SilverStone Kublai KL07 Review (Page 3 of 4)

Page 3 - Physical Look - Inside

After removing the side panel, I was greeted with a nice, open interior. The entirety of the interior is black, just like the outside. Even though this is not a case to show off your internal components, I appreciate that the interior color matches the outside. The side panel comes off without any issues, and the inside of it is covered in, according to the manufacturer's website, special wavy foam padding for noise absorption. This padding is found on both side panels. As for any computer with an aim to be silent, the padding will only do so much; the more important bit is to create less noise. The absence of any drive cages at the front of the case provides an unobstructed airflow to almost all of the internal components. The two included 140 mm fans should do the trick for air intake. Other than that, the common cover for the power supply is found, which provides two different temperature zones and allows for easy cable management. Speaking of cable management, there are two large cutouts to the right of the motherboard, two smaller cutouts along the top, and one below the motherboard for all your motherboard connectors.

Here is a better view of the internals, more focused on the rear area. The installed motherboard can be up to an ATX size. From the factory, none of the motherboard standoffs are installed, but SilverStone included all the necessary screws to make installing the standoffs a breeze. The rear exhaust fan is a 140 mm fan. This causes a tight fit for installing the motherboard I/O shield, which I could not fit in. I ended up having to remove the fan, install the shield, and then reinstall the fan, after which everything fit properly. In this picture, you can also see the wavy foam padding along the side panel. Moving a bit higher, the top has room for two 120 mm fans or one 140 mm fan. SilverStone also included a dust filter at the top that stays put magnetically. All of the dust filters are made well, and are either on rails or have magnets. The case can also support a CPU cooler with a height of up to 163 mm, which is measured from the processor's surface to touching the wavy padding. On the manufacturer's website, they say the limitation to the cooler can be up to 172 mm, but they do indicate that the 163 mm is to the wavy padding's surface. It is important to note if a CPU cooler is installed with a height higher than 163 mm, it will start to squish the padding, and potentially put more pressure on the processor. Just to avoid any issues with height restrictions and to stay on the safe side, I would not install anything higher than 163 mm.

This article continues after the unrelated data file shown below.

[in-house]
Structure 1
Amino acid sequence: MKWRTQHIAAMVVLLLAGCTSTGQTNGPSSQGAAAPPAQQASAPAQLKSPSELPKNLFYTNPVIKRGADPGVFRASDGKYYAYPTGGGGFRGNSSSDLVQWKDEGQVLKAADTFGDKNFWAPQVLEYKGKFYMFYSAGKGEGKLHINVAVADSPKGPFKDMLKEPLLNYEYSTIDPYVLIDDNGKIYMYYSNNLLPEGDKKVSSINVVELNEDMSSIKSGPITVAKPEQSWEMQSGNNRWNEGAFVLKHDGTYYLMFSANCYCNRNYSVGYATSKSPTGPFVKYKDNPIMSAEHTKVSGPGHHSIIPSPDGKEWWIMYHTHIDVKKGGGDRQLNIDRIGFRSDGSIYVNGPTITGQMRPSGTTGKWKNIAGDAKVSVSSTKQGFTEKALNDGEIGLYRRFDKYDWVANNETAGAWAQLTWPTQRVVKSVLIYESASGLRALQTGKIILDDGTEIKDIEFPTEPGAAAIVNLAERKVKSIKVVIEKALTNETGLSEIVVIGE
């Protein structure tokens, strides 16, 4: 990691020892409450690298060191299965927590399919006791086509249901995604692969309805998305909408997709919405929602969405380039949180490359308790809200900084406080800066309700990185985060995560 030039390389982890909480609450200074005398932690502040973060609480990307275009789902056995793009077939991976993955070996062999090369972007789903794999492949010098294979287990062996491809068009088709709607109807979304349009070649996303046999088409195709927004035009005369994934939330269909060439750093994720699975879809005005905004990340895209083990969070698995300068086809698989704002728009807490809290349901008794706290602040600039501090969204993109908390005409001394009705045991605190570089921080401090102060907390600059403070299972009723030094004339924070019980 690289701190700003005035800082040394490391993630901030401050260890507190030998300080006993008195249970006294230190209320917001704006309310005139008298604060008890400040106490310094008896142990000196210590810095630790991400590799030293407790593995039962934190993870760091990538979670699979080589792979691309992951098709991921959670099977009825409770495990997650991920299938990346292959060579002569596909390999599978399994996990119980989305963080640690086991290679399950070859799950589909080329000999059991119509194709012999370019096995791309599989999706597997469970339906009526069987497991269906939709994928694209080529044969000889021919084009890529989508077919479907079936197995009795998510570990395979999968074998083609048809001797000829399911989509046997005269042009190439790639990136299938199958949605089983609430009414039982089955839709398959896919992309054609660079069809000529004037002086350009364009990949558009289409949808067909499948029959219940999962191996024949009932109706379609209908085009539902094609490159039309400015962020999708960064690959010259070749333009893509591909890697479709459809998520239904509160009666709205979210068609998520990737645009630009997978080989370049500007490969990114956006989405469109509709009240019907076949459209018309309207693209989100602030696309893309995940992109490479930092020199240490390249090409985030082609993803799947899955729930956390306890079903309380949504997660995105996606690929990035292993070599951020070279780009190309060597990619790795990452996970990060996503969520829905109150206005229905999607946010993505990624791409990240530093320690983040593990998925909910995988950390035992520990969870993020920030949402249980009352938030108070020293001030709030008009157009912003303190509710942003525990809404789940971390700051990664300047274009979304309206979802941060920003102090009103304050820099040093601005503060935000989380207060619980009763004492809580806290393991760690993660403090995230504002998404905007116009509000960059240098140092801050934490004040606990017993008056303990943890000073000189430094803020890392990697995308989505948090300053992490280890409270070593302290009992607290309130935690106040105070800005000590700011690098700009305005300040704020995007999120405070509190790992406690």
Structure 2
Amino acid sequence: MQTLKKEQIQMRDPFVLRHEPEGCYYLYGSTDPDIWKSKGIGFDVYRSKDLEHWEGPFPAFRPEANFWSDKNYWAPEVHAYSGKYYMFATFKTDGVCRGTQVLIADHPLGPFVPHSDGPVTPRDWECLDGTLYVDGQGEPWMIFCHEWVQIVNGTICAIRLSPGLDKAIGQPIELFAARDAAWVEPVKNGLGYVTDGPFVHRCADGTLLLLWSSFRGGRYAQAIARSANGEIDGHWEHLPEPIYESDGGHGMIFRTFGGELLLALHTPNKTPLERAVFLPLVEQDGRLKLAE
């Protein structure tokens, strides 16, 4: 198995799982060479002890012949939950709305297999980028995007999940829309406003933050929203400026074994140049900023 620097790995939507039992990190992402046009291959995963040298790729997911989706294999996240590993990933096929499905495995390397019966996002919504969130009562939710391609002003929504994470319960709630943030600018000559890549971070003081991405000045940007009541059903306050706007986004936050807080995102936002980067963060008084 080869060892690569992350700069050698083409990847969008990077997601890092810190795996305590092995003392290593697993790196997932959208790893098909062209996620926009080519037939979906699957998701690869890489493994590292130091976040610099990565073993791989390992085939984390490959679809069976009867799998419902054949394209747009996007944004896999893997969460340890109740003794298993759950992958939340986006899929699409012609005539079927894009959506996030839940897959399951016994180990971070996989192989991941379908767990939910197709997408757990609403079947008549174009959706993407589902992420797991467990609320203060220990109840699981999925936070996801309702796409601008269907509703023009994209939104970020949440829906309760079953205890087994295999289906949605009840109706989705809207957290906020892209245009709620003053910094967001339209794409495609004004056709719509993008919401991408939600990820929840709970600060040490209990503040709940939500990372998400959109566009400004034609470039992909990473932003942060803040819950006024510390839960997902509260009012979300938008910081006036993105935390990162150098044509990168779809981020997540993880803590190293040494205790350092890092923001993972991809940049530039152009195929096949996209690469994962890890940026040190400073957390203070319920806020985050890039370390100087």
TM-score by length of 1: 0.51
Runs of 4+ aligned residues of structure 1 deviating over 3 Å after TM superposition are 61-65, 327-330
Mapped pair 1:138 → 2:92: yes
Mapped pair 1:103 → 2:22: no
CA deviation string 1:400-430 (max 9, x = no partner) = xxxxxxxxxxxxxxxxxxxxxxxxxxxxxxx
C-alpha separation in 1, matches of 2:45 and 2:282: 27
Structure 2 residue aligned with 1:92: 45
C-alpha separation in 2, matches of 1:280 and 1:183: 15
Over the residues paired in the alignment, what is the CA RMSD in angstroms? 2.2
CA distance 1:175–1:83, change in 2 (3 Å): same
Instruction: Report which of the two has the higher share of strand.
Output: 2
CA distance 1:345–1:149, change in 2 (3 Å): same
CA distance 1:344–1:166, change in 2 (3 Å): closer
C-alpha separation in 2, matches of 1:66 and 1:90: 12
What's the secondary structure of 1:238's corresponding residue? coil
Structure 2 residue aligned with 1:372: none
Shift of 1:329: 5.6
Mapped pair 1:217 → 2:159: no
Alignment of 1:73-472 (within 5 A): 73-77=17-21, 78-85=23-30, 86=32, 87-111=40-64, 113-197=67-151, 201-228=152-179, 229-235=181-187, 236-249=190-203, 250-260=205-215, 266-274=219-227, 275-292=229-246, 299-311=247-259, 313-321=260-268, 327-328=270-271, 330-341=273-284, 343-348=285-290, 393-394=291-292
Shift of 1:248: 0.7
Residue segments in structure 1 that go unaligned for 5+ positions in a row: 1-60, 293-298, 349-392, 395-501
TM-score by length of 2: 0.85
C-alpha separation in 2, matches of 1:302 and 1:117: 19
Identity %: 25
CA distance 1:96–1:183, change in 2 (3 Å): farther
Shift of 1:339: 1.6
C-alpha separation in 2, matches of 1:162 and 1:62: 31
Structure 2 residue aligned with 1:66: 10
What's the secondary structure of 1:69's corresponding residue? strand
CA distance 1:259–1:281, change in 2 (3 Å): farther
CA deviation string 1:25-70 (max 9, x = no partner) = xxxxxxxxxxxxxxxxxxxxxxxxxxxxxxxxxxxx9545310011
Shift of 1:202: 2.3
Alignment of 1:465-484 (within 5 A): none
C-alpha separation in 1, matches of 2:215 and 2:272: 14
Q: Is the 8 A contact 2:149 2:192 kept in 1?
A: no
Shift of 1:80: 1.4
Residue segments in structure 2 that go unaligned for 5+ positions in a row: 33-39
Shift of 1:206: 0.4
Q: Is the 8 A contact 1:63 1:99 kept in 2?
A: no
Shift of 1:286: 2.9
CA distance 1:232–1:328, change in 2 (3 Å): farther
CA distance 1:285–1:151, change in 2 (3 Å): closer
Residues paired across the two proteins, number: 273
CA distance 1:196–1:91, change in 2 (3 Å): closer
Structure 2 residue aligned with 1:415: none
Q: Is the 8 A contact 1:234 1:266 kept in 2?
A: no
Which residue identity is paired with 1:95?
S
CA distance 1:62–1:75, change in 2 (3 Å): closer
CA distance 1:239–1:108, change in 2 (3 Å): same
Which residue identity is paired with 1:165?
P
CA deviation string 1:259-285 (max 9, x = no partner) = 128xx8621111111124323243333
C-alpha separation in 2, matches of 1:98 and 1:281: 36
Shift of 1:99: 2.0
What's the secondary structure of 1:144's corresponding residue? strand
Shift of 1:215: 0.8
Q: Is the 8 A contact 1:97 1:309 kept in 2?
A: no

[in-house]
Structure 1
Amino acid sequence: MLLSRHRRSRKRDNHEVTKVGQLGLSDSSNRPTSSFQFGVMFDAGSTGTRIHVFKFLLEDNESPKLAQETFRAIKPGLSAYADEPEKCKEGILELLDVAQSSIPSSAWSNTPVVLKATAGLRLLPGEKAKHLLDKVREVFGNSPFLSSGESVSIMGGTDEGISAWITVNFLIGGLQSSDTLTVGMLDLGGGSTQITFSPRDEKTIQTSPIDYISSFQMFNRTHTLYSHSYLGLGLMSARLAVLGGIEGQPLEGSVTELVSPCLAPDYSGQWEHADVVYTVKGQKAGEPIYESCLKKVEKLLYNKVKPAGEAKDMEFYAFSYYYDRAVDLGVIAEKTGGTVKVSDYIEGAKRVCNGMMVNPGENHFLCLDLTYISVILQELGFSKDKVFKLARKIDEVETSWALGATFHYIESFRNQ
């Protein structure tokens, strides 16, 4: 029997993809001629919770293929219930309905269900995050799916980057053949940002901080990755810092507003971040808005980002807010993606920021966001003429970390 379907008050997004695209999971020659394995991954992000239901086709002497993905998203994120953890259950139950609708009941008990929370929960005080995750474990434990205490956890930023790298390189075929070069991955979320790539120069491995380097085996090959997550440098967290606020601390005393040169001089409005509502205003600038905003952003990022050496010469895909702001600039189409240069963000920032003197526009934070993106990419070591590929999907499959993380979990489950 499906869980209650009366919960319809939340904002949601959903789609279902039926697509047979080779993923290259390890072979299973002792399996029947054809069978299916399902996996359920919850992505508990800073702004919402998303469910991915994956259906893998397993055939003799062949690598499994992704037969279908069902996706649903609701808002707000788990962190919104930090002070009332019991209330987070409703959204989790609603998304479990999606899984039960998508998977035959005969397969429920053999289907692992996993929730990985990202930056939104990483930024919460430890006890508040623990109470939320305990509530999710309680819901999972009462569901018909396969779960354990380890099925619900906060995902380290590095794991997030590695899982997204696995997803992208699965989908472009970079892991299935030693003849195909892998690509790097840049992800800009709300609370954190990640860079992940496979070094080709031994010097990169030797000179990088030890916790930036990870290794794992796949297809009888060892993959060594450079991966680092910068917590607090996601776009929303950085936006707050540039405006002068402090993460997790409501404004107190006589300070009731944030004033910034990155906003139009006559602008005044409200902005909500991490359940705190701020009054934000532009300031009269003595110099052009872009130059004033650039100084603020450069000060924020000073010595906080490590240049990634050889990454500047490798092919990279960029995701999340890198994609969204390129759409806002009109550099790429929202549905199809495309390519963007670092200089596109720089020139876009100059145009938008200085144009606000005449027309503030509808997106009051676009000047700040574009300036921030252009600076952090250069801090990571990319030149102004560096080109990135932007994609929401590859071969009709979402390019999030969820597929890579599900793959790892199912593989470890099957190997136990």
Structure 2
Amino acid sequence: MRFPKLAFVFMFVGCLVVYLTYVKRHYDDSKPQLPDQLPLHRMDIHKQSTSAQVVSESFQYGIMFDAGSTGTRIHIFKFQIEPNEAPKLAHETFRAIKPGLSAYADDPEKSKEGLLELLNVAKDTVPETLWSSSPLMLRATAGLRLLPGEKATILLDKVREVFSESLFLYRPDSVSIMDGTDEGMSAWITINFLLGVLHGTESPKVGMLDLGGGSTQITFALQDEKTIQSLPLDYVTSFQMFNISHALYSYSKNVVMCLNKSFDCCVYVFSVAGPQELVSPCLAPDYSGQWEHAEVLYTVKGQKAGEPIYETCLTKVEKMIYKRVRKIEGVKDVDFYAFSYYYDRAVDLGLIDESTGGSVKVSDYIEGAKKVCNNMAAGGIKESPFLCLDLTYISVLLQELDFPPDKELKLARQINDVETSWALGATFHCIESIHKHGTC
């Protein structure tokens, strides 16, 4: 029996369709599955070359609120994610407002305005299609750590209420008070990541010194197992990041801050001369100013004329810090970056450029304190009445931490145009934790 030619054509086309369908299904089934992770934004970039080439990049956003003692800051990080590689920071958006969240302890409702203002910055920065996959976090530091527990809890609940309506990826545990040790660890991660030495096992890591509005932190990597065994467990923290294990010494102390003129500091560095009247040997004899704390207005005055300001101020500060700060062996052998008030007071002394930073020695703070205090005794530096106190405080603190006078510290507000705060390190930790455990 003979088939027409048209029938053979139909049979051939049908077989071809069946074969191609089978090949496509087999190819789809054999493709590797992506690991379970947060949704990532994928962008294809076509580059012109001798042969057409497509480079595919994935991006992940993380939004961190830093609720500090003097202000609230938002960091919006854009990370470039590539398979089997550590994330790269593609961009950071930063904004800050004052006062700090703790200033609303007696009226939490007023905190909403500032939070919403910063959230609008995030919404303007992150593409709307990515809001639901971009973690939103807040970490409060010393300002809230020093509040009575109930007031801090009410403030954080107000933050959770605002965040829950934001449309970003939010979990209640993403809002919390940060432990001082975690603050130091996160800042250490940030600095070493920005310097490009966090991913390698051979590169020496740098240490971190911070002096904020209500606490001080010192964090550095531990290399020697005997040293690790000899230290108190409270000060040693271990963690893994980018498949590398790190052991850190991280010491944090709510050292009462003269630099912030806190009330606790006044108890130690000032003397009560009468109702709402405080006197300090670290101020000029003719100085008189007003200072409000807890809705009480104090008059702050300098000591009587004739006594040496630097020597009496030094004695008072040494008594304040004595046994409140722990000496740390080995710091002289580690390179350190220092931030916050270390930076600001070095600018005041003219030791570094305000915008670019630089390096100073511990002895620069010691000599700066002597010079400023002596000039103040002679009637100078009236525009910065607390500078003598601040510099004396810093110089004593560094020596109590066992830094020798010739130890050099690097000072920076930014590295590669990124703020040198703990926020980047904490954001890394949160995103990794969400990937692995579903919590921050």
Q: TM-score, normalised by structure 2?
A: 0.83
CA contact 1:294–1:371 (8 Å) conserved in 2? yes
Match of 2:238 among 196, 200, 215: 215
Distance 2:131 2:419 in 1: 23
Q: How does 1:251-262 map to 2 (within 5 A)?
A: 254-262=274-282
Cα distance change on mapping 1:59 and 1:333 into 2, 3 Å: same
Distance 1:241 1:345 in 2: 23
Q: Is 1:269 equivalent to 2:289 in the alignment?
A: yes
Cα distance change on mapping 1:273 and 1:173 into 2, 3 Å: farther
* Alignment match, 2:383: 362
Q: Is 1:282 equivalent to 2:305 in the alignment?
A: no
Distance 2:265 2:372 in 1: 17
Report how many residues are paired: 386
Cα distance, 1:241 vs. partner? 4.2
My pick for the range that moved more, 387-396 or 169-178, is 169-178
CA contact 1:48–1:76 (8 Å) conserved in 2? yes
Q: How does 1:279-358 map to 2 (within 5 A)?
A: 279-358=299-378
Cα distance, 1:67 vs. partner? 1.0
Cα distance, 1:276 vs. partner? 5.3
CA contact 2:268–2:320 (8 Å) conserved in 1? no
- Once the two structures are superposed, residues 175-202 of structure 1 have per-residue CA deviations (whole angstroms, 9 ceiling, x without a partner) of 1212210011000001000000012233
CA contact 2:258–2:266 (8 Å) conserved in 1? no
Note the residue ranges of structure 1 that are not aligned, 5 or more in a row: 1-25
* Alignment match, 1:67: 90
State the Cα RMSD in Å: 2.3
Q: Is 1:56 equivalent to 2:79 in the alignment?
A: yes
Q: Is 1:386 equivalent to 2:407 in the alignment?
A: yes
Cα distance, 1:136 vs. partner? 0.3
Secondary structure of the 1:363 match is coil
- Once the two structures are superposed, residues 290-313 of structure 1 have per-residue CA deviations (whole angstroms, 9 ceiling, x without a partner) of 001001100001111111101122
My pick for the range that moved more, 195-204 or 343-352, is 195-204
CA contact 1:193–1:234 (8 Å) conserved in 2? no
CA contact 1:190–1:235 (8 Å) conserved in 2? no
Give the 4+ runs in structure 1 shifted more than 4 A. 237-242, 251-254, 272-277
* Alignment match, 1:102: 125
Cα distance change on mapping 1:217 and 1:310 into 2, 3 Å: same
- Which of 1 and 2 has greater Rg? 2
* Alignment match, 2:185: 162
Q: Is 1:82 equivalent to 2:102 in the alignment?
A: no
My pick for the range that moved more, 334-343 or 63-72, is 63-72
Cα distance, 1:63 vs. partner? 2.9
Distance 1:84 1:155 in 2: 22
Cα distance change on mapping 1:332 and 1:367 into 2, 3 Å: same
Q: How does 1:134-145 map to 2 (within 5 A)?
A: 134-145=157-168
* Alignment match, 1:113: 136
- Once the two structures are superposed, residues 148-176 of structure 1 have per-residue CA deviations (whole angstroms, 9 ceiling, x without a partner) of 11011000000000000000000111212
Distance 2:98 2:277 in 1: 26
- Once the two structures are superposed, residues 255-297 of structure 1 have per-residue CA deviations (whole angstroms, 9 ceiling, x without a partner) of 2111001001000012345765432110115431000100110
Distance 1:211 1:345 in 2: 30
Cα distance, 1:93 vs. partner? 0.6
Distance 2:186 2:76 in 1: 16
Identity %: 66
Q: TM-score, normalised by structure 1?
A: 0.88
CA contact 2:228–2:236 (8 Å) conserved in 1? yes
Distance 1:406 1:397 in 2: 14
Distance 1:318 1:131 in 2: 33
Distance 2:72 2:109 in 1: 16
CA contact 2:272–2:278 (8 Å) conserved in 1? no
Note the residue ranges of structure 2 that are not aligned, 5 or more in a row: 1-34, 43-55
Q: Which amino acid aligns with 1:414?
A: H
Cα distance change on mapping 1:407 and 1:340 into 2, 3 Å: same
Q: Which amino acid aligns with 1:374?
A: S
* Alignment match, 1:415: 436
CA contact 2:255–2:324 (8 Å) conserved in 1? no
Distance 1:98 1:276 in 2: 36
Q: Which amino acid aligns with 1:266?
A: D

The power supply cover does not have any holes, which helps to keep the two temperature zones separate. The cover is also completely black with no other markings; not even a logo. From this view, the cable management hole for the motherboard connectors can be seen. It is a little small, and during installation I had some trouble reaching to the far end of the motherboard using that hole. Particularly for the HD Audio connector, I was not able to route it through the bottom cable management area. Luckily, the case does not have a window, which would reveal my lackluster attempt at cable management in the front. There are seven expansion slots, with an interesting mechanism to remove them. There are two screws that can be removed on the rear of the case, allowing a panel to slide out, which holds the covers in place. The two screws were really tight from the factory, and I almost stripped them when I was trying to remove them. The annoying part of this system is that all the slots can fall out once the panel is removed, and it is difficult to replace the panel, while stopping the other covers from falling out.